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Economy Shifts up, Industry Slows Slightly

In the first quarter of the year, the Hungarian economy performed even better than first estimated, although industrial production data for April was somewhat disappointing. Growth forecasts for the full year remain unchanged, however.

The volume of gross domestic product was 4.2% higher in the first quarter of 2017 than in the same period of the previous year, the second reading by the Central Statistical Office (KSH) shows, exceeding the first estimate by 0.1 of a percentage point. According to seasonally and calendar adjusted and reconciled data, the performance of the economy was up by 3.8% compared to the corresponding quarter of the previous year, and by 1.3% compared to the previous quarter.

The updated first quarter GDP data put Hungary in sixth place on the European Union’s growth list, an improvement from where the last quarter data of 2016 had placed the country. At a regional level, according to seasonally and calendar adjusted data, Hungary performed similarly to Poland, but Romania and Slovenia recorded higher growth. The average economic growth in the EU was 2.1%.
The primary contributors to the growth were market-based services and industry. As for the latter, the value added by it grew 6.8%, within which manufacturing produced the highest increase, 7.8%, from the same period of last year. Within industry the growth of the performance of non-industrial activities exceeded that of industrial production. The performance of construction rose by 25%, while agriculture decreased by 6.3%. The gross value added of services was up by 3% in total. Altogether, services contributed 1.7 pp, industry 1.6 pp and construction 0.4 pp to the Q1 growth.
On the expenditure side, the actual final consumption of households increased by 2.5% compared to the same period of the previous year. Household final consumption expenditure, representing the largest proportion of the components of the actual final consumption of households, grew by 3.5%. The actual final consumption of the government was up by 6.2%. As a result of the above trends, actual final consumption rose by 1.2%.

Upward Revision

Most analysts have kept their forecasts for the full year GDP growth at around 4%, some even corrected after the second estimates were released. In its latest “Economic Outlook” publication, the OECD revised its GDP forecast for Hungary to 3.8% for 2017, up from its fall forecast of 2.5%.
“Economic activity slowed temporarily in 2016, but has since rebounded, fueled by public investment as the disbursement of EU structural funds resumed,” the organization wrote of Hungary in its latest forecast, emphasizing that economic activity will continue to be driven by domestic demand, with improving employment and wage trends supporting it.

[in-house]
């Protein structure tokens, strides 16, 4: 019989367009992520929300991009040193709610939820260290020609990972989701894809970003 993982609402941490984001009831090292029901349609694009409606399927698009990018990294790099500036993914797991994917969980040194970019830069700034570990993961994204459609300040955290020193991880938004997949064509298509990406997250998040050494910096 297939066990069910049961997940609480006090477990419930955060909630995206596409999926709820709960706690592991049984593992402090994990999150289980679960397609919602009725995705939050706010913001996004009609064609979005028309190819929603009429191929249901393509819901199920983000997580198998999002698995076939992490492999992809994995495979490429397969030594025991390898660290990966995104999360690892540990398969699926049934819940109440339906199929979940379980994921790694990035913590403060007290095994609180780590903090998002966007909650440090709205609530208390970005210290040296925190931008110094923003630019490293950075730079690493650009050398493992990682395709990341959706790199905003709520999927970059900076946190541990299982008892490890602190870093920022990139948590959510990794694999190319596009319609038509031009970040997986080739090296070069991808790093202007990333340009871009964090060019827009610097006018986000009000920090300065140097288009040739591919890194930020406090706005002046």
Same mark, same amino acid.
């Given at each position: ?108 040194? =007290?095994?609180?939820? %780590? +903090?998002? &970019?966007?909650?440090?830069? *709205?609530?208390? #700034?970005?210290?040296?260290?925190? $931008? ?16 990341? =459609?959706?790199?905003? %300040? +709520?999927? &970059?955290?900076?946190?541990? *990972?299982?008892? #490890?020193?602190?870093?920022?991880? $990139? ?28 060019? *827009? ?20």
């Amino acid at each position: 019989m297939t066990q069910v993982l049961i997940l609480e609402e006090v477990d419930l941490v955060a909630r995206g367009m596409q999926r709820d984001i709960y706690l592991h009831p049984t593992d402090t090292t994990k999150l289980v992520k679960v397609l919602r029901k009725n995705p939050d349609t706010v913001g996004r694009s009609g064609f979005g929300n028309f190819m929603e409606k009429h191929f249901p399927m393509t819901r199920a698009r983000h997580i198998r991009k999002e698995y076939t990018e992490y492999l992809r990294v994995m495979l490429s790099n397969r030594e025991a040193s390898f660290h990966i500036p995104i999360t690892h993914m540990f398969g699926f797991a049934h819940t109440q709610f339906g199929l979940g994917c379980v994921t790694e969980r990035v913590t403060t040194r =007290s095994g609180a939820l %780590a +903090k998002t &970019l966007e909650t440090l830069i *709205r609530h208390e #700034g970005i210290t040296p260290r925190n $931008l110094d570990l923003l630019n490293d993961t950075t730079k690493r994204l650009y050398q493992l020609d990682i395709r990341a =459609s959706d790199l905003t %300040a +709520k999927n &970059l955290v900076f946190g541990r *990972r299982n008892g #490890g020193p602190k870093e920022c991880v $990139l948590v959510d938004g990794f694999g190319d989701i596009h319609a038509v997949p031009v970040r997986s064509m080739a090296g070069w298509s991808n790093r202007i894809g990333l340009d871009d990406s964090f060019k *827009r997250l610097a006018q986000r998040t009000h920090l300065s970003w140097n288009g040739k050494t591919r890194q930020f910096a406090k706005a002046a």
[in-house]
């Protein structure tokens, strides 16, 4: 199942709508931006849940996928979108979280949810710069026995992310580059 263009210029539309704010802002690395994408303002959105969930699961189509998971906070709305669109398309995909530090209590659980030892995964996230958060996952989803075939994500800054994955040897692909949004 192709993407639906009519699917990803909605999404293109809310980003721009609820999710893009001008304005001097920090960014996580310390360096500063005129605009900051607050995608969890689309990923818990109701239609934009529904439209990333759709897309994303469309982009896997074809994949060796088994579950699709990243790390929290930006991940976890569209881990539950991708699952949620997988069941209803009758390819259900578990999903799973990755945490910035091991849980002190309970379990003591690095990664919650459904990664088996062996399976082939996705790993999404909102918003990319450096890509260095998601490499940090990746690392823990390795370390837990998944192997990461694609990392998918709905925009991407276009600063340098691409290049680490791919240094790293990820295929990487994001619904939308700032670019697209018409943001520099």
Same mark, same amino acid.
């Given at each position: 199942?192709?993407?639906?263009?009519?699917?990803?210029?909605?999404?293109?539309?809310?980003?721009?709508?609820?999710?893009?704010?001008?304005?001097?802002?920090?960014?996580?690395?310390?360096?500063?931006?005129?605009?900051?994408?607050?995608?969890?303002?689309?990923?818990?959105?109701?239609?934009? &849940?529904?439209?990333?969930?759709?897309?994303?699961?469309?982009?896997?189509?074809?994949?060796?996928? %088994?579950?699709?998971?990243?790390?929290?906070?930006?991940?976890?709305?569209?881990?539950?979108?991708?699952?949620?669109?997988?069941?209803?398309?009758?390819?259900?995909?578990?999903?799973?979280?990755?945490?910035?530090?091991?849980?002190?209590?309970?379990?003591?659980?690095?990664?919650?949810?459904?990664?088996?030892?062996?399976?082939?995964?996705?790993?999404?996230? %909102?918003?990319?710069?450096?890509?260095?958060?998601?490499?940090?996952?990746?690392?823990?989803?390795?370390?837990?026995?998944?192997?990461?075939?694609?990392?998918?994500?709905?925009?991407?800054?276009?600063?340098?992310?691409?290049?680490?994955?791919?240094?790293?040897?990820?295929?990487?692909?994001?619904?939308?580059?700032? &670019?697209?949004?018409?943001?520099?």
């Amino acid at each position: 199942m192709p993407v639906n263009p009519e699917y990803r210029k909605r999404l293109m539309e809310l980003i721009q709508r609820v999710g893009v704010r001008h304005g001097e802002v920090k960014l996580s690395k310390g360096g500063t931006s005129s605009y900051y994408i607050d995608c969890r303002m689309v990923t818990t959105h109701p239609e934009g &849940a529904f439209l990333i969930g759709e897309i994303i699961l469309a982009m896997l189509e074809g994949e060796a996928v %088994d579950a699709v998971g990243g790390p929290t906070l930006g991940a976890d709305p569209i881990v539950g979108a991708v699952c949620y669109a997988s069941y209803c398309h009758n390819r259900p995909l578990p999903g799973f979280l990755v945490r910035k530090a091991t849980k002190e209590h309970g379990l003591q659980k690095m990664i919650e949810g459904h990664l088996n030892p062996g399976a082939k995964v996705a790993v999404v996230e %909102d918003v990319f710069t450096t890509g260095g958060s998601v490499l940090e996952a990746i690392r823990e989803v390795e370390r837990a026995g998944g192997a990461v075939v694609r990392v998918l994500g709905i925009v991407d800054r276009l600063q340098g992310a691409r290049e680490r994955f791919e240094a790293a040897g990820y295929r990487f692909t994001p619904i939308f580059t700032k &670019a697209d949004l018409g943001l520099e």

The Hungarian government’s view on Hungary’s economic outlook is similar, but it anticipates even better macro-economic indicators than the OECD, László Balogh, deputy state secretary for financial policy said in a statement. Among the Visegrad Four, Hungary’s economic growth rate may be the highest in 2017, he stressed.
While GDP data gives all the more reason for optimism, industrial output figures for April somewhat spoil the picture. In April 2017, the volume of industrial output declined by 3% year-on-year, the second estimates confirmed the preliminary figures. Based on working-day adjusted data, production grew by 2.5%. The significant difference between raw and adjusted data is mainly due to the fact that there were three fewer working days in April 2017 than a year earlier. In the first four months of 2017, production increased by 4.9%.
According to the seasonally and working-day adjusted index, industrial output was below the level of the previous month by 0.8%. Production, which represents 96% of the output, declined by 3.4% in manufacturing. Production grew by 23% in mining and quarrying (which have little weight) and by 1.8% in energy industry, including electricity, gas, steam and air-conditioning supply.

Expansion Expected

In spite of the disappointing data, analysts expect that industrial output will expand between 4% and 6% in 2017.
The low base effect and new capacities in the tire and food industries might result in a 6% industrial output acceleration by the end of the year, Takarékbank analyst Gergely Suppan said. He expects a higher growth rate in 2018, with the deployment of new capacities in the automotive industry.
April’s figures were significantly lower than expected, however, the outlook for this year is still positive, noted Péter Virovácz, head analyst of ING Bank, predicting an average of 4% growth rate for the full year.
Dávid Németh, of K&H Bank, questioned whether the nearly 8% year-on-year growth the industry reached in the first quarter of 2017 can be maintained. Given the latest data, the increase for the full year will be lower; Németh put it at around 5-6%. He expects an upturn in May.

Numbers to Watch in the Coming Weeks

The macro calendar for the next two weeks is not very crowded. KSH will release earnings statistics for the January-April period on June 21, to be followed by the second estimates of retail trade figures two days later. Employment and unemployment data will be published for the March-May period on June 28.